Can I be personally bound if I execute an agreement on behalf of my company?

June 01, 2017


Downey v. Ecore International Inc. 2011 ONSC 6617 (CanLII)

A confidentiality agreement contained a forum selection clause that provided that an action or suit to enforce the agreement would be resolved under the exclusive jurisdiction of Pennsylvania, United States. The clause was not enforced by the Ontario Superior Court in an Ontario action brought by the plaintiff, an Ontario resident, in his personal capacity. The Ontario court ruled that the confidentiality agreement contemplated that compensation was to flow to the plaintiff’s corporation, and not to the plaintiff personally, and this by itself was not sufficient consideration to bind the plaintiff personally to the Agreement. The Ontario Court of Appeal overturned this decision, and found that the confidentiality agreement and the consulting agreement formed a single transaction between the parties. The agreements were to be interpreted so as to accord with sound commercial principles and good business sense, and avoid commercial absurdity. The confidentiality agreement was intended to bind the plaintiff personally, and there was sufficient consideration to bind the parties.

Drafters need to ensure that the correct parties are named in the agreement. If an individual signs the agreement on behalf of a corporation, but is to be bound in their personal capacity as well, the individual should execute the agreement in their individual capacity, and there must be sufficient consideration flowing to both the individual and the corporation. Descriptions of the parties’ intent found in the ‘Background’ clauses of an agreement can be used by the court to determine intention. These ‘Background’ clauses should be drafted and reviewed carefully to ensure they are accurate.

Details of the case:

In Downey v. Encore International Inc. (2011) (ONSC), Mr. Downey entered into a Consulting Agreement on behalf of his corporation CSR Industries Inc. (“CSR”) to provide services to the defendant corporation Ecore International Inc. (“Ecore”), which then carried on business under the name Dodge-Regupol Inc. (“DRI”). A clause of that agreement required CSR to execute a copy of DRI’s “standard confidentiality agreement.” Another clause stated that Ecore would provide CSR with confidential information and compensation in exchange for the services of Mr. Downey as a “key person” of CSR. The purpose of this arrangement was to obtain Canadian tax advantages by being characterized as an independent contractor rather than an employee. (Please note that subsequent changes by the CRA have made the use of a personal consulting corporation with only one employee problematic.) Although remuneration was to be paid to CSR, in practice, commission payments were made personally to Mr. Downey.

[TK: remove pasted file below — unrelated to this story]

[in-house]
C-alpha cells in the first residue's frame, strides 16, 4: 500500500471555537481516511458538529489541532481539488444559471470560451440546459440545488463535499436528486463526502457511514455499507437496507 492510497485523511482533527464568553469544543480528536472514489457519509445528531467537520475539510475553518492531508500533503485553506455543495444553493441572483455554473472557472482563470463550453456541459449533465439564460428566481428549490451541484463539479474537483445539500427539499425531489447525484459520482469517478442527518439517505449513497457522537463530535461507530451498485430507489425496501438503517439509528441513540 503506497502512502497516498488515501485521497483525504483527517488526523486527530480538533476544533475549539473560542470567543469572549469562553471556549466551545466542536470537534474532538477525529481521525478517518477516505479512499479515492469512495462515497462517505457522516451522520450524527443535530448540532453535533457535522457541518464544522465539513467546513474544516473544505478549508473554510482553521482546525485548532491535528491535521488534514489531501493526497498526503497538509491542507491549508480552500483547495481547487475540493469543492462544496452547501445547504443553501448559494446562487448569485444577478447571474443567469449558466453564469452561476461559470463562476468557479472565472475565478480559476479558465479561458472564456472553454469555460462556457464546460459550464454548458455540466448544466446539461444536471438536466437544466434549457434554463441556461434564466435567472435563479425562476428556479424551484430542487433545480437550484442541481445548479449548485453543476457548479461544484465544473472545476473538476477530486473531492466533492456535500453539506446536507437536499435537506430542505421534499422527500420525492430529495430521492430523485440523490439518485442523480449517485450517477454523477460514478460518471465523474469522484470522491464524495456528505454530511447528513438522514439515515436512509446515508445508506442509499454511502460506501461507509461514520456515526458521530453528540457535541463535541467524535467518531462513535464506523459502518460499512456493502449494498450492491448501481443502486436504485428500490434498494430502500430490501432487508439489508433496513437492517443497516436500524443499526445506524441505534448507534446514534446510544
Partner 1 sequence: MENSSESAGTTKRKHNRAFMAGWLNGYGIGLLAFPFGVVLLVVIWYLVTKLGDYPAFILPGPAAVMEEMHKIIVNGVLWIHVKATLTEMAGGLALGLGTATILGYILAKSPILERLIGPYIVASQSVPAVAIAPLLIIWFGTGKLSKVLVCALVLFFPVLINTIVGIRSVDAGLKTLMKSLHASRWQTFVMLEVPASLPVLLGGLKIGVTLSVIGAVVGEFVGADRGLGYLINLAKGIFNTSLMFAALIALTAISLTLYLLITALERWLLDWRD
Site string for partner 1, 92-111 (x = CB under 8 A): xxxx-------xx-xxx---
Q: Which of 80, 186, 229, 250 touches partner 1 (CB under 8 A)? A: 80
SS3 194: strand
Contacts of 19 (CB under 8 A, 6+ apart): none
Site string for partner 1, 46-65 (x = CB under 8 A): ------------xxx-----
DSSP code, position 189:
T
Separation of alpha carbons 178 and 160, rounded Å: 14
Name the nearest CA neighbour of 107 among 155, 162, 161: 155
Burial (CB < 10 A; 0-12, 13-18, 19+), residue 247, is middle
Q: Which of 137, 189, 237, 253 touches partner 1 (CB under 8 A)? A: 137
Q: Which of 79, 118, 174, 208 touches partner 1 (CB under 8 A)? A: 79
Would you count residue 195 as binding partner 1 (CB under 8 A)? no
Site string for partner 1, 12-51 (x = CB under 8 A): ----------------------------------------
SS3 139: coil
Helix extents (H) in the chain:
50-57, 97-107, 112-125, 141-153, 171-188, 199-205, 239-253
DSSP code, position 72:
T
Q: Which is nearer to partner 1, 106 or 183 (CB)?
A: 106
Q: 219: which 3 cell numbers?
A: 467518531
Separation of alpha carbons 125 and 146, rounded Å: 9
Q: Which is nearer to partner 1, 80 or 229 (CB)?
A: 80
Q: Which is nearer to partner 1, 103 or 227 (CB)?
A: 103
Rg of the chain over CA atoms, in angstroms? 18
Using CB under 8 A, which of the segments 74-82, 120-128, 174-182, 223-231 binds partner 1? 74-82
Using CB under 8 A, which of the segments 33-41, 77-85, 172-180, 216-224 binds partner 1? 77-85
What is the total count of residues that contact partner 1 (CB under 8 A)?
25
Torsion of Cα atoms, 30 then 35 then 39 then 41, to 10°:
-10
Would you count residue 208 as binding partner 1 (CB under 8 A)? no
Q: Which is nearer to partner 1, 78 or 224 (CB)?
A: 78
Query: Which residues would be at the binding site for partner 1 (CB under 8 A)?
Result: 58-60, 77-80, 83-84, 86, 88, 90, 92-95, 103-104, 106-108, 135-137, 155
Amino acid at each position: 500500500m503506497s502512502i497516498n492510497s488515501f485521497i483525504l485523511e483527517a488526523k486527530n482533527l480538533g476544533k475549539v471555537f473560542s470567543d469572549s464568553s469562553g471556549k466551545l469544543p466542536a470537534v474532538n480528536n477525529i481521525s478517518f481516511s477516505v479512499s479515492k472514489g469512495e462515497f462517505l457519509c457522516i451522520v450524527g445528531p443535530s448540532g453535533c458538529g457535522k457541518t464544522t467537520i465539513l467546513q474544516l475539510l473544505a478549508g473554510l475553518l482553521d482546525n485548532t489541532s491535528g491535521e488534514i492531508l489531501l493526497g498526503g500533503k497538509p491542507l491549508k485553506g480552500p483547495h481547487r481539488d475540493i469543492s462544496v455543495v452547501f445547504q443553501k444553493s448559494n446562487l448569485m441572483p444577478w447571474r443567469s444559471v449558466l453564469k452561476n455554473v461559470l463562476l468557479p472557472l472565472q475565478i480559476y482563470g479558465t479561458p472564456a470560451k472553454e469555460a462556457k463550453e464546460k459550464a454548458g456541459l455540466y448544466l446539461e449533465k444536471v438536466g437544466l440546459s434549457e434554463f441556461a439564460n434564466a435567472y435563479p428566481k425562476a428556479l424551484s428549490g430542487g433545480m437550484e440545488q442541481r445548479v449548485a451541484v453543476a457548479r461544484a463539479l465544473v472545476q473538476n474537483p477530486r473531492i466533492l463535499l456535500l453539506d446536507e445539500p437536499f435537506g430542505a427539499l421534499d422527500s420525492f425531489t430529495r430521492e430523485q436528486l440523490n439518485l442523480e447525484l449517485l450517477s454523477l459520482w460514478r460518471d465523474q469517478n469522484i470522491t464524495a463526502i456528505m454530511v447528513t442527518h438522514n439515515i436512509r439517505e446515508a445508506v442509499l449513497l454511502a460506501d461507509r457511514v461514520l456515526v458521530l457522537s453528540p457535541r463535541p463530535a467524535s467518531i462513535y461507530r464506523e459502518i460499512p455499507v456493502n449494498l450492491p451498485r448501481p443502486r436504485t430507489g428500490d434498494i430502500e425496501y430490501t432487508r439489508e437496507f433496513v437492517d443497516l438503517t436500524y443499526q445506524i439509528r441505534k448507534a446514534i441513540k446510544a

In 2001, Mr. Downey invented a new product and assigned his rights in his inventions to Ecore. Mr. Downey submitted that his assignment was given in consideration for Ecore’s oral promise to “reasonably compensate” him for his inventions and assignment. However, Ecore argued that his assignment was instead in accordance with the terms related to inventions and discoveries captured in the confidentiality agreement. Ecore terminated the consulting agreement in 2011 but did not pay Mr. Downey any compensation for his assignment of the inventions. Mr. Downey then brought an Ontario action against Ecore in his personal capacity. In determining whether to allow Ecore’s motion to dismiss the action on the basis that the courts of competent jurisdiction should be Pennsylvania, United States, the lower court found that the clause should be enforced and that Mr. Downey’s compensation claim was within the ambit of the clause. The court found that the parties were bound to the agreement and that Mr. Downey would have had insufficient reasons to show why it would be unreasonable or unjust to adhere to the terms of that clause. However, the lower court ultimately held that the confidentiality agreement failed to bind Mr. Downey personally for lack of consideration flowing directly to him, as opposed to his corporation. The Ontario Court of Appeal overturned this decision.

The Court of Appeal held that the agreements formed a single transaction between the parties and needed to be read together to avoid commercial absurdity. Encore intended to protect its confidential information and the parties intended to bind Mr. Downey personally, regardless of the fact that the agreement was signed only on behalf of the consultant’s corporation. The fact that the confidentiality agreement was to apply “during and after” his employment meant that it was to apply during and after their relationship regardless of whether Mr. Downey was an employee or an independent contractor, and employee status was not a condition to the confidentiality obligations. The court looked to the wording of the ‘Background’ clauses to determine the parties’ intentions.

To read the full case on CanLII, click here.

Independent Contractor
Commercial Activities